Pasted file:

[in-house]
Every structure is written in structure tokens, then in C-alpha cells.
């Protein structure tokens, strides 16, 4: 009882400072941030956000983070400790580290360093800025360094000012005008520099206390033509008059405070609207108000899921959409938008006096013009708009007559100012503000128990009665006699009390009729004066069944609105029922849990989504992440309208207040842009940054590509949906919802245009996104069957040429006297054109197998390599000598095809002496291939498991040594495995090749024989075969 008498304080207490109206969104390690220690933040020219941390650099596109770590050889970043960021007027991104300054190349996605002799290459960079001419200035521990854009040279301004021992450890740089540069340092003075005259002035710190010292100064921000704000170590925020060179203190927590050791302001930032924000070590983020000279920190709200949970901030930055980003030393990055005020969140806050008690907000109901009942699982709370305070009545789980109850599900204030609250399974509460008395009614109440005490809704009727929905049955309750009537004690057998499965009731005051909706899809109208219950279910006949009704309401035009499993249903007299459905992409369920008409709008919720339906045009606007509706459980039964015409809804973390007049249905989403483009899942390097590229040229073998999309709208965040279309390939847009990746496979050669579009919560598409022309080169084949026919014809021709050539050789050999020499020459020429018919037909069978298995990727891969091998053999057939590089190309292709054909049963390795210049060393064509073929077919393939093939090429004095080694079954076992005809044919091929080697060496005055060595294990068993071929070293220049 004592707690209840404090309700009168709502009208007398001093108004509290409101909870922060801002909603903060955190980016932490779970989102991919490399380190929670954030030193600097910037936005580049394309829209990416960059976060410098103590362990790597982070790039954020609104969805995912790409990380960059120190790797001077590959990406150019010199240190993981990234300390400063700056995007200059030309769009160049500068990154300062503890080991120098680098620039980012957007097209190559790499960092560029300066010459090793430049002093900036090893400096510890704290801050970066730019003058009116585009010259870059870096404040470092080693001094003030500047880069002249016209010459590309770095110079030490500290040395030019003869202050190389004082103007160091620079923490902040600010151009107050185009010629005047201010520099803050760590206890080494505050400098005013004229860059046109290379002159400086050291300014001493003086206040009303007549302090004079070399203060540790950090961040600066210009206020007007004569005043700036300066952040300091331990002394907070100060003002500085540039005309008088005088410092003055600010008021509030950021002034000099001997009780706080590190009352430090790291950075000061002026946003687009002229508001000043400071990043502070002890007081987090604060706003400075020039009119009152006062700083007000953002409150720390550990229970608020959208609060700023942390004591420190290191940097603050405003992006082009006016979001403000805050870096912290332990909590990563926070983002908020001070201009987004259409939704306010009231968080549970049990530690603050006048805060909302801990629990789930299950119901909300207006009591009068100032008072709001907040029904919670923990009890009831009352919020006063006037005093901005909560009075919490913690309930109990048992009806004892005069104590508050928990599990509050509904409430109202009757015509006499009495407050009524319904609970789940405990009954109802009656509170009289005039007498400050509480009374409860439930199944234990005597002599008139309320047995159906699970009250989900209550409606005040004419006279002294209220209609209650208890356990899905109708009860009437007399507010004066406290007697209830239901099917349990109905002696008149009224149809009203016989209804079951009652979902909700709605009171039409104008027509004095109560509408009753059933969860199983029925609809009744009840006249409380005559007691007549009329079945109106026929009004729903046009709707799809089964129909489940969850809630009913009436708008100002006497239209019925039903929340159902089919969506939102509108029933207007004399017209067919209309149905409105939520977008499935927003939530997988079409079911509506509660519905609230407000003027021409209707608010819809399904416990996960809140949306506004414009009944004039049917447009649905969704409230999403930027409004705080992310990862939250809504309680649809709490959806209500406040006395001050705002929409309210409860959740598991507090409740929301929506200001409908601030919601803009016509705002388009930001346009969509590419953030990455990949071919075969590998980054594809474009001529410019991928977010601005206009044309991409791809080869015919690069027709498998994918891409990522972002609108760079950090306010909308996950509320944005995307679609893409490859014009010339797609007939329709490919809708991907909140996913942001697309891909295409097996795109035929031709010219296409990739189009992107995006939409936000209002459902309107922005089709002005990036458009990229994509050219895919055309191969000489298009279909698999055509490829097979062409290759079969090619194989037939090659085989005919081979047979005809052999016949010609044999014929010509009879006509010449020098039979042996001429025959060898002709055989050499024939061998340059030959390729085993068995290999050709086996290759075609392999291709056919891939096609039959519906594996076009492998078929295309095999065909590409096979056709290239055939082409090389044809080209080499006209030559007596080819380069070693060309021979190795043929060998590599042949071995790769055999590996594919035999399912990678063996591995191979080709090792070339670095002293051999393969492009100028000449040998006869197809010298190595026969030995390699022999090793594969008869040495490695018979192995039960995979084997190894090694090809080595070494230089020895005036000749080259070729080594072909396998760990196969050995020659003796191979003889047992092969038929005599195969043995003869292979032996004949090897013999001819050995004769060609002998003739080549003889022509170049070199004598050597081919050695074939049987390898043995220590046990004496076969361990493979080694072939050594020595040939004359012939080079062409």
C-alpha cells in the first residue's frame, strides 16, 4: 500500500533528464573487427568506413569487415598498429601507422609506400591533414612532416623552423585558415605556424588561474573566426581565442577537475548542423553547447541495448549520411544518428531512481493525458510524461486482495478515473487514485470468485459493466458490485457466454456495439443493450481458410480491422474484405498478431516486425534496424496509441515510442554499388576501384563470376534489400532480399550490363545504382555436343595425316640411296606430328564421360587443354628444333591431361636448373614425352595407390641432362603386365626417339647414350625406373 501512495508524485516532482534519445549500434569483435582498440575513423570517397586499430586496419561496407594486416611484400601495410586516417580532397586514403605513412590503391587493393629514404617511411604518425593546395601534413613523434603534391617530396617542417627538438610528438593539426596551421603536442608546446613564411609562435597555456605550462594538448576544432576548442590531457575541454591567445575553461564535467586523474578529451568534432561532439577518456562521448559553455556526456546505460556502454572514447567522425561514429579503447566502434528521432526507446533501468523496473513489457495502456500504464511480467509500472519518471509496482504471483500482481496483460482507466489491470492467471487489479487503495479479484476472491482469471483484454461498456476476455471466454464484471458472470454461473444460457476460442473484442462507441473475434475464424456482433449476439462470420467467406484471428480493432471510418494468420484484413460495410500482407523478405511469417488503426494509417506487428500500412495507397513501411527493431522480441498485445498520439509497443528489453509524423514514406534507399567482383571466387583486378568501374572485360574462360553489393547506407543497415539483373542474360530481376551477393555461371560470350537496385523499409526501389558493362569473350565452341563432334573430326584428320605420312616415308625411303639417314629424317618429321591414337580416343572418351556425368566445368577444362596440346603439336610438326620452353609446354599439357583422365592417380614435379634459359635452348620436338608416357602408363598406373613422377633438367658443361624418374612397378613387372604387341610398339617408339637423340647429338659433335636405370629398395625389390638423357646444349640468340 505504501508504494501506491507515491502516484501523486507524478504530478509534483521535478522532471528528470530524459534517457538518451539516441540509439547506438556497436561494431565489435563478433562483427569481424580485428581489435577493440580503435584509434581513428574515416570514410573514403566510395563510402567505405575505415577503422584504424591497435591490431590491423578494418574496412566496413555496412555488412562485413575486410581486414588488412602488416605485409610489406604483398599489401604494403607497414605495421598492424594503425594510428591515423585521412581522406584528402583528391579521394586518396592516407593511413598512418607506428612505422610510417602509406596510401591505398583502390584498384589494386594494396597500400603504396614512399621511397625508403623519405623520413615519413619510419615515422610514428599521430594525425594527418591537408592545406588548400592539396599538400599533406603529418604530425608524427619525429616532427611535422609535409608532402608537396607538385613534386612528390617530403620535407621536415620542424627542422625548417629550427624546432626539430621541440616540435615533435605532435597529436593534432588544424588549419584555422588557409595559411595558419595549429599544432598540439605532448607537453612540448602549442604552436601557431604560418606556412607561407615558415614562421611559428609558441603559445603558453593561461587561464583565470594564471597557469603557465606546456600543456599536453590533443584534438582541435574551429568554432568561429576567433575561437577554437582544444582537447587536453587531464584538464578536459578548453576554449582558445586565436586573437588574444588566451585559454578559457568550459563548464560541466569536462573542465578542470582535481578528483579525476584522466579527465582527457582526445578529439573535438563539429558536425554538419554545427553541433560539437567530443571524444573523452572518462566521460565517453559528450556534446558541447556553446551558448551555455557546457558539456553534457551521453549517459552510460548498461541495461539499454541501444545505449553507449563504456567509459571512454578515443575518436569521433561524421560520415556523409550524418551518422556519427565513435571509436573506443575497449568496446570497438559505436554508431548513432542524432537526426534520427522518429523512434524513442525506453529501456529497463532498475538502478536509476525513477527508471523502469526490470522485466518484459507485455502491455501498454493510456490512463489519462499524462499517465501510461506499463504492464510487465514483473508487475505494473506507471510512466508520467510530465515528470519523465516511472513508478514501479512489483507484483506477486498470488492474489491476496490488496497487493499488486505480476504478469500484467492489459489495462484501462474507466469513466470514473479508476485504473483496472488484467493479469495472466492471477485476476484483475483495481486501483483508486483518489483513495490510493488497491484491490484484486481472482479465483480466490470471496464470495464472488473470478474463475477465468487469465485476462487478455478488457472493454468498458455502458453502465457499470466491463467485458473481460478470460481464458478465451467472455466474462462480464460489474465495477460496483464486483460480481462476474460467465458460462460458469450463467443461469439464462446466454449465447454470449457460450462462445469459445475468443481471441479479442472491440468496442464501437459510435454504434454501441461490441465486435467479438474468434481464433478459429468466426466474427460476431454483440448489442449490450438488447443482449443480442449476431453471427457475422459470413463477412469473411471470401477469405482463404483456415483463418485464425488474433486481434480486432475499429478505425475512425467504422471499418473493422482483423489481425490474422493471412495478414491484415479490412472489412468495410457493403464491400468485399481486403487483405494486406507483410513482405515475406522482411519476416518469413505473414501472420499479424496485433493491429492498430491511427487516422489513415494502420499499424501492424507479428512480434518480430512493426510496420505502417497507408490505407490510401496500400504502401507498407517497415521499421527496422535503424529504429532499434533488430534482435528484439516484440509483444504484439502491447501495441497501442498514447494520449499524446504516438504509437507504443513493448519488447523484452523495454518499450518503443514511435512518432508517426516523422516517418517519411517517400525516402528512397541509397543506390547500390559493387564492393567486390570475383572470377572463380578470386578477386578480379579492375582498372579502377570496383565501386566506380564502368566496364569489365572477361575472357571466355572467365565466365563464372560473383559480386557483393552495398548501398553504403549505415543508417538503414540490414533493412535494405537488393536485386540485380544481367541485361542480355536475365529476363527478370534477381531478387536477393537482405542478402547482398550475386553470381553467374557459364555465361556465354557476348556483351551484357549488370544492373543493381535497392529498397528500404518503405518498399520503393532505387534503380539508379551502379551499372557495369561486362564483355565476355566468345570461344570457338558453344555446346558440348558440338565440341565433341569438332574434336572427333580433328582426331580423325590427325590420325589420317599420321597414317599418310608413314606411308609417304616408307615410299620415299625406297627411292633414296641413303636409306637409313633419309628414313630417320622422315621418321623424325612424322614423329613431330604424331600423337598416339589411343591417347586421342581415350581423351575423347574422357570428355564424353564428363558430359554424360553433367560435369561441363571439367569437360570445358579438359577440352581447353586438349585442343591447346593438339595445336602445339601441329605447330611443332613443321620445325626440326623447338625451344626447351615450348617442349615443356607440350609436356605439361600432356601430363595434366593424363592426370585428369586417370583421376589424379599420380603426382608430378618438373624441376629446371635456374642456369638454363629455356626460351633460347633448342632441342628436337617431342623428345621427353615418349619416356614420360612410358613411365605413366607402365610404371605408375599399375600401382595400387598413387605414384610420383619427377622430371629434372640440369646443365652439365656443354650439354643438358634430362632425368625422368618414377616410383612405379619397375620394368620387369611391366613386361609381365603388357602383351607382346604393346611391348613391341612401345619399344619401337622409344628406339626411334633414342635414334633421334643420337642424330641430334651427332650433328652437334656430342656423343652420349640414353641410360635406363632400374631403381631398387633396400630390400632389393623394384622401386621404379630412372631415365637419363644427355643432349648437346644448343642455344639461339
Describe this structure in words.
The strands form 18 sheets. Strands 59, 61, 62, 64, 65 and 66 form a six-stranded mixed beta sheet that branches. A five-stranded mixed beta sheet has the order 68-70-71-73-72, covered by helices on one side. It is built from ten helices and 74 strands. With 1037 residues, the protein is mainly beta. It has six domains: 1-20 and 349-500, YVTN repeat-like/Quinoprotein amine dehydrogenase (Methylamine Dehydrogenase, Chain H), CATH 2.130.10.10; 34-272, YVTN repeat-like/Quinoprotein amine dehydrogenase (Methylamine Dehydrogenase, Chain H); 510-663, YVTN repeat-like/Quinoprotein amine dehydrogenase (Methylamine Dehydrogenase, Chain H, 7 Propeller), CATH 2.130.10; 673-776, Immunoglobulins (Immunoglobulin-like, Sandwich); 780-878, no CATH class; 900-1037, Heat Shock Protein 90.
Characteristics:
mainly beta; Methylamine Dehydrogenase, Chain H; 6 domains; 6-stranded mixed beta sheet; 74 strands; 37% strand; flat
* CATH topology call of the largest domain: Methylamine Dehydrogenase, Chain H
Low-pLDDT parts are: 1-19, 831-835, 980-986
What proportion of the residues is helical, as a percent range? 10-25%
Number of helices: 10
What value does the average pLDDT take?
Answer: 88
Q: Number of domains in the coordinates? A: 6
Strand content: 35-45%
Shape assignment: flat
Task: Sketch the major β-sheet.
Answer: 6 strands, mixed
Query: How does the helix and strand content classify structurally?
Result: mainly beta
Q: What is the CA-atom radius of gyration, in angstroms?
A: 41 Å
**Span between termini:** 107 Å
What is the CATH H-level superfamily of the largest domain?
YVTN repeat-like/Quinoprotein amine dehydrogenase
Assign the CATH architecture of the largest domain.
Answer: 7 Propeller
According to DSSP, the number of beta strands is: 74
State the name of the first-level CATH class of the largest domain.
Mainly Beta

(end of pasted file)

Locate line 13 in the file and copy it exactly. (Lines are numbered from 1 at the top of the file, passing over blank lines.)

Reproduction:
What value does the average pLDDT take?